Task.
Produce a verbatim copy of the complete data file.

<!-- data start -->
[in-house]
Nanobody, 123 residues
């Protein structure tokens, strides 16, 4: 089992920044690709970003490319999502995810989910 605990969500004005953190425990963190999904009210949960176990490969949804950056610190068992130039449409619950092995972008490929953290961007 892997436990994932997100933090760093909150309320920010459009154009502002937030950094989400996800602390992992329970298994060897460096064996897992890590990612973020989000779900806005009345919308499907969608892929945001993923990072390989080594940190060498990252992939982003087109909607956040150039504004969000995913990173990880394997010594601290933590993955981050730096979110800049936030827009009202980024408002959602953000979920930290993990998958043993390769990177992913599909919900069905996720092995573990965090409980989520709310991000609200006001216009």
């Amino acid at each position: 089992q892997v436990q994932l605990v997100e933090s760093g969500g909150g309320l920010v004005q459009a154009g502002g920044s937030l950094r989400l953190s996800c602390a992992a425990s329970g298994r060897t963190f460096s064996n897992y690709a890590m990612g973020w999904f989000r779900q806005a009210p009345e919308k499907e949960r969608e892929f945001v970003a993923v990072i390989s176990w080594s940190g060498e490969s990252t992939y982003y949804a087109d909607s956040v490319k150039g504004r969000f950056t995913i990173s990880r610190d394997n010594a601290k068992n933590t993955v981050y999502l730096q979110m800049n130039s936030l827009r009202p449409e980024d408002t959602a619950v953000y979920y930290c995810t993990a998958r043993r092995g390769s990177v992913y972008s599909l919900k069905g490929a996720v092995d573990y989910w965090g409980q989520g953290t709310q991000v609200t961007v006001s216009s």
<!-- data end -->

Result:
[in-house]
Nanobody, 123 residues
């Protein structure tokens, strides 16, 4: 089992920044690709970003490319999502995810989910 605990969500004005953190425990963190999904009210949960176990490969949804950056610190068992130039449409619950092995972008490929953290961007 892997436990994932997100933090760093909150309320920010459009154009502002937030950094989400996800602390992992329970298994060897460096064996897992890590990612973020989000779900806005009345919308499907969608892929945001993923990072390989080594940190060498990252992939982003087109909607956040150039504004969000995913990173990880394997010594601290933590993955981050730096979110800049936030827009009202980024408002959602953000979920930290993990998958043993390769990177992913599909919900069905996720092995573990965090409980989520709310991000609200006001216009």
């Amino acid at each position: 089992q892997v436990q994932l605990v997100e933090s760093g969500g909150g309320l920010v004005q459009a154009g502002g920044s937030l950094r989400l953190s996800c602390a992992a425990s329970g298994r060897t963190f460096s064996n897992y690709a890590m990612g973020w999904f989000r779900q806005a009210p009345e919308k499907e949960r969608e892929f945001v970003a993923v990072i390989s176990w080594s940190g060498e490969s990252t992939y982003y949804a087109d909607s956040v490319k150039g504004r969000f950056t995913i990173s990880r610190d394997n010594a601290k068992n933590t993955v981050y999502l730096q979110m800049n130039s936030l827009r009202p449409e980024d408002t959602a619950v953000y979920y930290c995810t993990a998958r043993r092995g390769s990177v992913y972008s599909l919900k069905g490929a996720v092995d573990y989910w965090g409980q989520g953290t709310q991000v609200t961007v006001s216009s």